As it turns out, a few companies do this voluntarily, among them Whole Foods, which when I last looked was growing and creating jobs like crazy. An executive there characterized the cost and hassle of making the calculation as “not significant.” To reinforce its culture of teamwork and egalitarianism, Whole Foods limits the compensation of its chief executive to 19 times that of the average “associate.” It’s an idea first proposed in 1984 by that “radical” management thinker Peter Drucker.

The other big argument against the pay ratio disclosure is that it will vary widely by industry and corporate structure and thus could lead people to make invalid comparisons between companies. The same, of course, could be said of debt-to-equity ratio, gross profit margin and return on equity. The fact that some people might misinterpret such information hardly justifies not disclosing it.

The real reason companies don’t want to disclose the ratio is that it would be used by labor unions, corporate critics and journalists to embarrass executives who, as far as I can tell, are beyond being embarrassed. (See my colleague Peter Whoriskey’s wonderful piece about Dean Foods in last Sunday’s Post.) After years of criticism, they have decided that the higher pay is worth whatever cost it carries in terms of worker disenchantment and public disapprobation.

The better argument against the pay-ratio disclosure is that there’s not much more that can be learned from such disclosures. We already know from numerous studies that chief executives of large U.S. corporations make hundreds of times what an average worker makes, with the gap growing steadily wider. We also know it’s possible to run successful advanced market economies with large corporations where the ratio is 25-1 (Britain), 13-1 (Sweden), 11-1 (Germany) and 10-1 (Japan). Whether the ratio at Exxon-Mobil last year was 320-to-1 or 276-to-1 seems rather beside the point.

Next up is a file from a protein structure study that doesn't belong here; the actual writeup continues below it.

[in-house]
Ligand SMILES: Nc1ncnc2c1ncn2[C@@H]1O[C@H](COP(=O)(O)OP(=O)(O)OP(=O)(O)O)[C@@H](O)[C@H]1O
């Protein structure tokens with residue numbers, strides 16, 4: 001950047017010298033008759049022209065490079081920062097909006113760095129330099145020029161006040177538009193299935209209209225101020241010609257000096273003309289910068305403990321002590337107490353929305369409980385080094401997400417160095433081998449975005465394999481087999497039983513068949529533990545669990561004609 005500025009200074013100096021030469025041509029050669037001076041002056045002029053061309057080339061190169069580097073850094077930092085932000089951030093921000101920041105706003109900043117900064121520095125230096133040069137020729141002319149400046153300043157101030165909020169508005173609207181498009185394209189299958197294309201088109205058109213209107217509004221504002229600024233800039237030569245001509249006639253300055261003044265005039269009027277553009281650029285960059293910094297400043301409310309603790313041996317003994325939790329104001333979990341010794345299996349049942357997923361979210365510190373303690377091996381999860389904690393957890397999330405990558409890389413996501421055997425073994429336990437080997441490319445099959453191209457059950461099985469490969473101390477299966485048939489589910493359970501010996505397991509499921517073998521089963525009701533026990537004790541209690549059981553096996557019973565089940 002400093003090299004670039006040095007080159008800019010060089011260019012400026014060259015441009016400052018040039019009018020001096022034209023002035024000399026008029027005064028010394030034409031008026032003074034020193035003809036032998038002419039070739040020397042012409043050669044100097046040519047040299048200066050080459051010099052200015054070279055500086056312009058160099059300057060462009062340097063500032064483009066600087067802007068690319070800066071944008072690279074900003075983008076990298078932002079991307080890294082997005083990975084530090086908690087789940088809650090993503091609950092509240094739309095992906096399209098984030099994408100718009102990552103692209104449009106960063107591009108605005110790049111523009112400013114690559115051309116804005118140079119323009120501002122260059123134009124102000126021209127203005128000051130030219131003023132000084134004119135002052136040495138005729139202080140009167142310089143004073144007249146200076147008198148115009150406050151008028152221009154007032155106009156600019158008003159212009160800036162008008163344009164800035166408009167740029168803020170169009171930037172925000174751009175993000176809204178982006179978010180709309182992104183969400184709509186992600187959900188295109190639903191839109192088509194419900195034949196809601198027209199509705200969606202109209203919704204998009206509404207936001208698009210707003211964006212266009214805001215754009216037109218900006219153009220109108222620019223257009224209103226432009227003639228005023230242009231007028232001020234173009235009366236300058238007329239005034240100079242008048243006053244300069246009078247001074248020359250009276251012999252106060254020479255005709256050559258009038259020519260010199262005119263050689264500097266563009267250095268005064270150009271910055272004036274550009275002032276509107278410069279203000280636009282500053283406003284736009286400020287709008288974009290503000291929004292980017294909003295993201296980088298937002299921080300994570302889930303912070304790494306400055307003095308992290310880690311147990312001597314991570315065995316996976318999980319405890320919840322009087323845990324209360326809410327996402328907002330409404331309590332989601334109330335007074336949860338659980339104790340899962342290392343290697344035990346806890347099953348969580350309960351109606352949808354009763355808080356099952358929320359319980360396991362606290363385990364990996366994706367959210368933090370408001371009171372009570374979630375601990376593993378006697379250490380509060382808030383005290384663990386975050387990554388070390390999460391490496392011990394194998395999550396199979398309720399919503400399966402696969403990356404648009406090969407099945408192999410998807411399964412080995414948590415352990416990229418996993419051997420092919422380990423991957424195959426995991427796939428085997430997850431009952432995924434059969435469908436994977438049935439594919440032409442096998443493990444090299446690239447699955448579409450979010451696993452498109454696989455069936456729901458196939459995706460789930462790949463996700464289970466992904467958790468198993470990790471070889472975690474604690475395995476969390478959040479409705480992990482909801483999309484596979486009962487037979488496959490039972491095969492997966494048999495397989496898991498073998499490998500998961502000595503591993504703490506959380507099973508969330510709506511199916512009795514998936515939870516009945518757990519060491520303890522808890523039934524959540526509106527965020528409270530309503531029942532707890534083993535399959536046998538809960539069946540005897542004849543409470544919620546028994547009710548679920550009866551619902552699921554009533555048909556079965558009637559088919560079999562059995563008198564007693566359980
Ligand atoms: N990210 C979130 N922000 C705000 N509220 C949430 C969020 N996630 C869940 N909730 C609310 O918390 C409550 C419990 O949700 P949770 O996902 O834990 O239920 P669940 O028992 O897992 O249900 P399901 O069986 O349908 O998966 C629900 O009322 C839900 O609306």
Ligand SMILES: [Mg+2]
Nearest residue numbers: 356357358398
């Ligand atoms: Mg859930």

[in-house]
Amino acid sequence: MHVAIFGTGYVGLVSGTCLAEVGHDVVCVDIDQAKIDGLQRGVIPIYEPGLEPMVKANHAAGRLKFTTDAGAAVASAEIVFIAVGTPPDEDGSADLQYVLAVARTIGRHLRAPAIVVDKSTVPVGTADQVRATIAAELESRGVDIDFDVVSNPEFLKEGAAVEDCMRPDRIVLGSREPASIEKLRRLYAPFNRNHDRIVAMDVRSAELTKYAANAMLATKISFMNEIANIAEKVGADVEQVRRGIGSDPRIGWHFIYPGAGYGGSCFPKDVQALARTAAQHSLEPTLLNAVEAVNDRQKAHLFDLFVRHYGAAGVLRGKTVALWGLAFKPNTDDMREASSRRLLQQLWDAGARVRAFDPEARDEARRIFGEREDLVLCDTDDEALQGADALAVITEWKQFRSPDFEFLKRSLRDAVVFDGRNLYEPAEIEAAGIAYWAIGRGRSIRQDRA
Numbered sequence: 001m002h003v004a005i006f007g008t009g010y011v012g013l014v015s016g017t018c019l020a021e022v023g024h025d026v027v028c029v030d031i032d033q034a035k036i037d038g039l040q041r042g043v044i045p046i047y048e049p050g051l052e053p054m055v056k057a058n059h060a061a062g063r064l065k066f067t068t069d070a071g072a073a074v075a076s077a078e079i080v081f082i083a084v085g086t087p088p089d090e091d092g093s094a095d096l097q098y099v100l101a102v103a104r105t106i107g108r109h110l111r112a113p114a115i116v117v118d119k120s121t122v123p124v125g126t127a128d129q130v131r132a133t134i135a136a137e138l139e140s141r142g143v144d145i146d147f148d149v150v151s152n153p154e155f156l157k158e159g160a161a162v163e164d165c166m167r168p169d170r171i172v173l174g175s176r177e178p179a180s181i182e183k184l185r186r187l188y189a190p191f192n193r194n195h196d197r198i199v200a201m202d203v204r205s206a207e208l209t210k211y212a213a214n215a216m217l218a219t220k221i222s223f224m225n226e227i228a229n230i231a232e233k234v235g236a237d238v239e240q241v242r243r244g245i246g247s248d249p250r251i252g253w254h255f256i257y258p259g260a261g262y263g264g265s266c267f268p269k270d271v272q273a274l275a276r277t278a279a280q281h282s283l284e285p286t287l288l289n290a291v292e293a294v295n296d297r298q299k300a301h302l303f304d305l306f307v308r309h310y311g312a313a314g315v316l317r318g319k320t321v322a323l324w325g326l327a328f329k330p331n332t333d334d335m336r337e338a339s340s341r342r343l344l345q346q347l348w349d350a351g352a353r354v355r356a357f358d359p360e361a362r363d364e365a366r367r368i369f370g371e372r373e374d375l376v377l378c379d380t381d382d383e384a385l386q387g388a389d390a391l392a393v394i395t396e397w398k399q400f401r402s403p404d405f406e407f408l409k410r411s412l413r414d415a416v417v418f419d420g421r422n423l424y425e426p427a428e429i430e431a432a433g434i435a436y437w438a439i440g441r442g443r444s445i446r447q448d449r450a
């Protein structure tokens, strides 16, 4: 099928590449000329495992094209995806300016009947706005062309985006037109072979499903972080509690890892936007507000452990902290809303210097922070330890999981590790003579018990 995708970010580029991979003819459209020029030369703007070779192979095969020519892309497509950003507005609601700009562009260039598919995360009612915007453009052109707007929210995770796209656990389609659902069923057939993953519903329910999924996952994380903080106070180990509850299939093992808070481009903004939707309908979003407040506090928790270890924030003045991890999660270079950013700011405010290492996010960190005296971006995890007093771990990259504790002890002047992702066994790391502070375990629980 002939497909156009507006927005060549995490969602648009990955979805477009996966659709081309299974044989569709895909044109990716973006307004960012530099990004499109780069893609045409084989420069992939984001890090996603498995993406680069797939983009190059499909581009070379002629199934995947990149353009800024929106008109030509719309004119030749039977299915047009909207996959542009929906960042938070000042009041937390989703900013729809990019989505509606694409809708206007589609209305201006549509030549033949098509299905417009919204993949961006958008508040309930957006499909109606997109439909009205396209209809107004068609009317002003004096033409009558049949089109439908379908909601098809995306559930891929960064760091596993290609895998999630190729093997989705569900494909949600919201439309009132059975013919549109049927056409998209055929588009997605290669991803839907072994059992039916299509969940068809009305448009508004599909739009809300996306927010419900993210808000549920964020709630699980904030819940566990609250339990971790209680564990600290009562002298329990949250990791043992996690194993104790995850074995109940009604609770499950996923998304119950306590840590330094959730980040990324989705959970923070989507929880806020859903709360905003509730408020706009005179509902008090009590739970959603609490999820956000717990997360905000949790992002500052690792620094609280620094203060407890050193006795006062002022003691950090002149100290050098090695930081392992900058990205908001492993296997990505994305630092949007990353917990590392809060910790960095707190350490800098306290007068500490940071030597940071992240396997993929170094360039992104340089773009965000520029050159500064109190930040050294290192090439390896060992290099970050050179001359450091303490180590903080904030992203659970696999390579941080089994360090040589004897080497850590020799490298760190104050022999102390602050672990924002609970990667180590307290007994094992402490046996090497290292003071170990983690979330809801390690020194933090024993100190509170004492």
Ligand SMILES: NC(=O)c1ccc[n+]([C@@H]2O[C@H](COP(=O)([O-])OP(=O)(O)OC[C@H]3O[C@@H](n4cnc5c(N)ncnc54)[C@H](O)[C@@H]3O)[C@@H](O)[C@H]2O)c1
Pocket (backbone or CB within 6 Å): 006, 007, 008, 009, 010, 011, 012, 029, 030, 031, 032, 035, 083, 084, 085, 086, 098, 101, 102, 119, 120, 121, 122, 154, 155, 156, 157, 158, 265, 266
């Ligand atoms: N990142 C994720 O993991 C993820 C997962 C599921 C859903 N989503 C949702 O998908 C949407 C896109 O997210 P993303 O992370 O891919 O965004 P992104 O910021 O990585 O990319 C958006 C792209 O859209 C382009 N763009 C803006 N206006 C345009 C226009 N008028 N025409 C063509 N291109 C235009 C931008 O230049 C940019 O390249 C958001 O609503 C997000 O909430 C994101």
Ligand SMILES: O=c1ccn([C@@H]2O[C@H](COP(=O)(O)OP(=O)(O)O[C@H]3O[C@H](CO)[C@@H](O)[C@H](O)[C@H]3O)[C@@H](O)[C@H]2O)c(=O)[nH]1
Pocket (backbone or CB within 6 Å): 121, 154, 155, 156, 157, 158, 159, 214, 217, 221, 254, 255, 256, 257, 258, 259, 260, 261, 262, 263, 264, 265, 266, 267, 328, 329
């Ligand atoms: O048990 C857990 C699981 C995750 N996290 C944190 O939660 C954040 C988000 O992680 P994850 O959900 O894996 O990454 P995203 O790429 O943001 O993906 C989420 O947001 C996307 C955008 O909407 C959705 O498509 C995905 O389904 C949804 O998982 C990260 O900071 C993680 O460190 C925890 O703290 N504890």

Harvard Business School professor Rakesh Khurana has done extensive research on the value chief executives bring to large organizations, concluding in his excellent book, “Searching for a Corporate Savior,” that it is vastly overstated by executive pay packages.

“I was pretty naive,” he said. “I thought that once the facts were presented and there was reasoned discussion, corporate behavior would change.” Alas, it hasn’t turned out that way.

Khurana cites the old wisdom is that the simplest explanation is often the best one. “This is really a story about power: private power, the power of the economic elite, has trumped social norms, has trumped political power.”

It’s like this: Unless we are prepared to stop working at companies that overpay their executives, investing in them and buying from them, there’s little hope of restraining executive pay. The reason they prevail is not only because they have the power, but because they care more about winning than we do.